My wife said, "Let's take the road less travelled." I said, "The road less travelled has ticks." more later...
It's humid here. My wife said we needed to go to Walmart to find a fan. I said, "I'm going to Walmart to find a new wife." My wife said Walmart isn't a very good place to find a wife. She's probably right. more later.....
My wife and I are "glamping" (glamorous camping) for our anniversary.
On the way to the campsite in Luddington State Park we saw a deer. I thought we were in the Staten Island Zoo for a second. more later...
I have no idea what I do with my time throughout the week.
I really don't. Every so often I have friends who ask "what do you do during the week?" And I can't stand the question. Because other than referencing episode 9 of the Untold Podcast – and pretending like I spend all week combating ancient cults – I don’t have an easy answer at the ready.
I do know that whatever it is I do, I sure do a lot of it!
So, here’s my attempt to try and breakdown what I do with my week:
1. Sermon Preparation: 10 – 25 Hours
I know this one will perplex many people, especially since preach without notes and it looks like I am preaching “off the cuff.” But I firmly believe that preaching the Word of God with accuracy and effect is the single most important thing I do. Period. Preaching will take precedence over everything else, every time.
The hours vary greatly because certain texts are easier to exegete than others, and certain forms of sermons are easier to prepare than others. Epistles, for example are easier to exegete than a narrative. And preaching a conversational sermon is easier than a first-person sermon. Regardless, though, every sermon I prepare has many hours, many notes and a full hand-written and fully typed manuscript behind it. It is the singular most important thing I do.
2. Pastoral Care: 2 – 10 Hours
This is all-encompassing. It can include weddings and funerals (and all the preparation that goes into them). It can include hospital visits, phone calls, meals, in-office counseling, on-site counseling, scheduled visits, unscheduled visits, conflict management and even certain conversations over e-mail and facebook! (Outreach can often get lumped in here.)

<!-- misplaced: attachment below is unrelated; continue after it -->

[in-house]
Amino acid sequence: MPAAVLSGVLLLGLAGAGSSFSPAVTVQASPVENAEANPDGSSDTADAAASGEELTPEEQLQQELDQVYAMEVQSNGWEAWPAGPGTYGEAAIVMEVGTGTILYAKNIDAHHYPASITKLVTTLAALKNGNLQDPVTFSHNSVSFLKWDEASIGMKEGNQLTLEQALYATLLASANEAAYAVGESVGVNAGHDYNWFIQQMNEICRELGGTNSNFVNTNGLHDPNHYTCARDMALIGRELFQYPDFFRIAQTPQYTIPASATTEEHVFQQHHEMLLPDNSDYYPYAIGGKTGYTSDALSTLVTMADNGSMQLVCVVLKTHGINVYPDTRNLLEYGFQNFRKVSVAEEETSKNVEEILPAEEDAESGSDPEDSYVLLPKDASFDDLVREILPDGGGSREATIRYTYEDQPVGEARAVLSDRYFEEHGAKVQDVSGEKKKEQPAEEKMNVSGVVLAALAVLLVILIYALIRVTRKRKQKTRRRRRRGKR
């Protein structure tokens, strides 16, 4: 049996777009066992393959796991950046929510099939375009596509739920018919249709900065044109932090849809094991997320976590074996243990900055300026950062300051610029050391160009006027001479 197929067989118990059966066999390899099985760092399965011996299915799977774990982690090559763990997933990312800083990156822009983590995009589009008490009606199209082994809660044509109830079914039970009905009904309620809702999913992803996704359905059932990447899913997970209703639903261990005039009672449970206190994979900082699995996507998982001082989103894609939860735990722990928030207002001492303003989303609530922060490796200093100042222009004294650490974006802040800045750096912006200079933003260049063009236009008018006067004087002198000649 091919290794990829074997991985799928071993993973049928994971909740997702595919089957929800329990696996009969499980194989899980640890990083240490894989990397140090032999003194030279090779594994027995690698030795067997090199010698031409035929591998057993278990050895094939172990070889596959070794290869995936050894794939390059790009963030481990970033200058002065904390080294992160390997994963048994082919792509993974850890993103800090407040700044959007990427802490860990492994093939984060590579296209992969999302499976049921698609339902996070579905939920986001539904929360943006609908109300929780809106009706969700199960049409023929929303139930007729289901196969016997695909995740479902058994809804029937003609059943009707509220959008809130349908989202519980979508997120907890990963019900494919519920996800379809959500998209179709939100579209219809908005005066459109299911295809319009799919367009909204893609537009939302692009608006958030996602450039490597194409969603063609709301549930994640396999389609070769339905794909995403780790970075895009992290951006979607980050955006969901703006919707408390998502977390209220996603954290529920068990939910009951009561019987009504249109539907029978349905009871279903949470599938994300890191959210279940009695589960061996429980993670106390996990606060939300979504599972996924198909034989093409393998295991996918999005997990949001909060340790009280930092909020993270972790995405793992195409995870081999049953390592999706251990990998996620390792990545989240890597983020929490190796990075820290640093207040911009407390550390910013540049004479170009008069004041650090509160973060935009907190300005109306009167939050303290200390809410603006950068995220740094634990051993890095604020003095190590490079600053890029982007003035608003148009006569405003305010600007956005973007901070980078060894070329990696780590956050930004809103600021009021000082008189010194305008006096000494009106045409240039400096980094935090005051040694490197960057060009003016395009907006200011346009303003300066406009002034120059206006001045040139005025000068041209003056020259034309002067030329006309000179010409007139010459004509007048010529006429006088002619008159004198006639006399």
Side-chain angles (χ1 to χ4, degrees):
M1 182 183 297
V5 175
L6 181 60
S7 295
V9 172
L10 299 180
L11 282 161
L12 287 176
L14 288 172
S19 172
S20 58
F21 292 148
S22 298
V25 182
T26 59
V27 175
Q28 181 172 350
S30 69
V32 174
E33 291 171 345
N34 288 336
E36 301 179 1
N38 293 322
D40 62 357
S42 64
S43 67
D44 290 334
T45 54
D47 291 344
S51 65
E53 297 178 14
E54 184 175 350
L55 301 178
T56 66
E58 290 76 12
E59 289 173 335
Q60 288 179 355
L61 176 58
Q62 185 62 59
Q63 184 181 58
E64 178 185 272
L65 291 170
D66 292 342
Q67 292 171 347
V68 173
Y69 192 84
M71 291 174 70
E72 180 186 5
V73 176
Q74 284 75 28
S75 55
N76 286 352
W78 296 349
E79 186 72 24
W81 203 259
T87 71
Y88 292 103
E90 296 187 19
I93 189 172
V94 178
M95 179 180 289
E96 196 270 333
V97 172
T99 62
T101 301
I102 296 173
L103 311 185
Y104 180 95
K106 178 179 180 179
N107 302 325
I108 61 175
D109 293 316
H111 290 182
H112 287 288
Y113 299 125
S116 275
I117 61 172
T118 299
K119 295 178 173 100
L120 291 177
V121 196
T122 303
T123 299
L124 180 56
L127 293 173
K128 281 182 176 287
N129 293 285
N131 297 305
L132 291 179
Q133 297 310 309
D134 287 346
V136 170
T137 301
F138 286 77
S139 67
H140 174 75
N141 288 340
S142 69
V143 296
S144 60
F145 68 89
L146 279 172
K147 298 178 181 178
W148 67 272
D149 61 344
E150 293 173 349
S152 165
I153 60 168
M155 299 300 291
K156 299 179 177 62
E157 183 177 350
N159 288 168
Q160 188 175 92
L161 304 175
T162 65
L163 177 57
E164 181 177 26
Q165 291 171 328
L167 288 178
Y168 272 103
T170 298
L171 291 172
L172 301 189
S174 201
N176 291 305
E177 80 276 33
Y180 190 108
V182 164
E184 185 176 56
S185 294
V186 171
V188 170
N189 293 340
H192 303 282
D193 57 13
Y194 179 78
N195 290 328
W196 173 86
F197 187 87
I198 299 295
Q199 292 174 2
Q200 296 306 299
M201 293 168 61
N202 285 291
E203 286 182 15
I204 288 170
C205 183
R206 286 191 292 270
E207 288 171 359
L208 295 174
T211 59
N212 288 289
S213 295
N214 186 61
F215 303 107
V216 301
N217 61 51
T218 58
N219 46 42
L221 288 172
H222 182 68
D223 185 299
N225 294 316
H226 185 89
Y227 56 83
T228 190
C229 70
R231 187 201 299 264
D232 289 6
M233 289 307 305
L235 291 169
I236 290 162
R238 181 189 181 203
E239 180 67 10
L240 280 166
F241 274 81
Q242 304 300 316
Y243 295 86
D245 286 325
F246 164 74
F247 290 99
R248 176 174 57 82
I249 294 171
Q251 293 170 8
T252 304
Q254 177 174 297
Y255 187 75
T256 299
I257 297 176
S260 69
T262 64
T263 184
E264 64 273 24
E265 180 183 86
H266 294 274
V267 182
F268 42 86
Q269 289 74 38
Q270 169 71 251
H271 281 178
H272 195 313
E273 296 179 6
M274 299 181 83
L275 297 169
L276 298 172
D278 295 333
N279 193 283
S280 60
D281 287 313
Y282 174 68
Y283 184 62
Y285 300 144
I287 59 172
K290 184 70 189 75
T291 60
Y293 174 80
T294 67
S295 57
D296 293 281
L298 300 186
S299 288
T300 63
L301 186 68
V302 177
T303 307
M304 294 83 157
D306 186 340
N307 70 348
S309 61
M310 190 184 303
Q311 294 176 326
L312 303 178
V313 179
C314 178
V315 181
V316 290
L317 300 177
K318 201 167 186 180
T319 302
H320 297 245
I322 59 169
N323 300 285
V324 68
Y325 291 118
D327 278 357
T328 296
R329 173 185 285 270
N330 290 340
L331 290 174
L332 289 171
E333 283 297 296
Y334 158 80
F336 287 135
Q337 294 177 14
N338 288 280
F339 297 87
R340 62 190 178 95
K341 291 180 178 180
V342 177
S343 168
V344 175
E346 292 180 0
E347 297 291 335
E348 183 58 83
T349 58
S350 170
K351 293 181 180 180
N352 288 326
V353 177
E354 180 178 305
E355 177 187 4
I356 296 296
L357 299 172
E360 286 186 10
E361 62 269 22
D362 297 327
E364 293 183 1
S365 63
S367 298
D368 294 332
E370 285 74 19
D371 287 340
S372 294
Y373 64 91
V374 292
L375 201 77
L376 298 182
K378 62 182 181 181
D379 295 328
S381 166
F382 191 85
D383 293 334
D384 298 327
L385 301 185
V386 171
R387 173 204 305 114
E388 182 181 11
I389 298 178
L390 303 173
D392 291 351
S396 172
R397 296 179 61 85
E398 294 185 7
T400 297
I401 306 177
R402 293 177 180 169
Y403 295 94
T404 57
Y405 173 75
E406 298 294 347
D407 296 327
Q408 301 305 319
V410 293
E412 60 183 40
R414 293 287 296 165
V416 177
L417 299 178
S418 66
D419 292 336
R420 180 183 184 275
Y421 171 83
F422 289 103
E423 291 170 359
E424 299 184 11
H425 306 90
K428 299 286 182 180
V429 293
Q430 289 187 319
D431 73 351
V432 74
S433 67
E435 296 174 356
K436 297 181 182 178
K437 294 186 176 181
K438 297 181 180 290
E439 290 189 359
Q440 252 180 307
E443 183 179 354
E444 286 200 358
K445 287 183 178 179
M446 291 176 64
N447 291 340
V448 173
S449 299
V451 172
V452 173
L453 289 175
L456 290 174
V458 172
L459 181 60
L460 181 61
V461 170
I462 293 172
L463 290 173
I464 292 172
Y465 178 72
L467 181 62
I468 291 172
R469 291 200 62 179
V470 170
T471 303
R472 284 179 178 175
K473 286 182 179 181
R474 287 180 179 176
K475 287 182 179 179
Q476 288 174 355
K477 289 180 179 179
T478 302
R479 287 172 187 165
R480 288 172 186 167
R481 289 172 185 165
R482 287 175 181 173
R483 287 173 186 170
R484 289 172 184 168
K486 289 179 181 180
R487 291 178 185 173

3. Meetings: 1 – 6 Hours
This includes church leadership/servant teams and the prep time that goes into them.
4. Discipleship: 2 – 4 Hours
I’d like to think that many of the things I do make disciples in some way shape or form, but I need to be very intentional and work with a handful of people to grow them (and myself) closer to God and better mirror his character. (Outreach often gets lumped in here, too.)
5. Administration: 3 – 5 Hours
I’d prefer to just not do anything that involves paperwork, business e-mails or anything of the sort. But it has to happen. I try and delegate as much of this as possible, but there are some things a pastor will always have to do.
6. Personal Study: 2 – 5 Hours
While I use my sermon prep to meditate on the Scriptures and allow the Spirit to transform me, I realize that there are areas I just don’t know all that much about, or areas that I need to grow. Sometimes this is watching a philosophy video, or reading an apologetics book, or seeking out preaching-opinions so I can improve my craft.
7. Mentoring: 0 – 2 Hours
I have a number of mentors in my life spread all over the country. I don’t always get time in the week to be mentored, but I try to submit myself to mentoring regularly so I can gain perspective and wisdom from men who better understand things than me.
8. Services: 4 – 8 Hours
I almost forgot to mention these. But they count! I usually come early and leave late.
I’ve no doubt there’s other things that I’m missing, but I think these are the big things.
Now, you math majors out there are looking at the low numbers and thinking, Hey, on minimal weeks the pastor only has to work 24 hours! What an easy job! But I need to pause here and clarify a few things. First, in the nineteen months I’ve served at the Orchard Church, I haven’t had one single “minimal week.” Second, because my responsibilities vary in each area from week to week, I try to adjust my schedule accordingly. For instance, on weeks where I’m working on a first-person sermon, I usually don’t schedule many appointments or meetings because I know I’ll need the extra time. Finally, it is also important to note that on weeks featuring what I call “the perfect storm” I can easily work 65 hours (or more if we have special events and outreach)!
I think on average I put in about 50 hours into pastoral duties.
So, that’s what I do with my time during the week!
Pastors, friends . . . what have I missed?
*Note: I did not include “quiet time” in this list for numerous reasons that would take another blog post to talk about.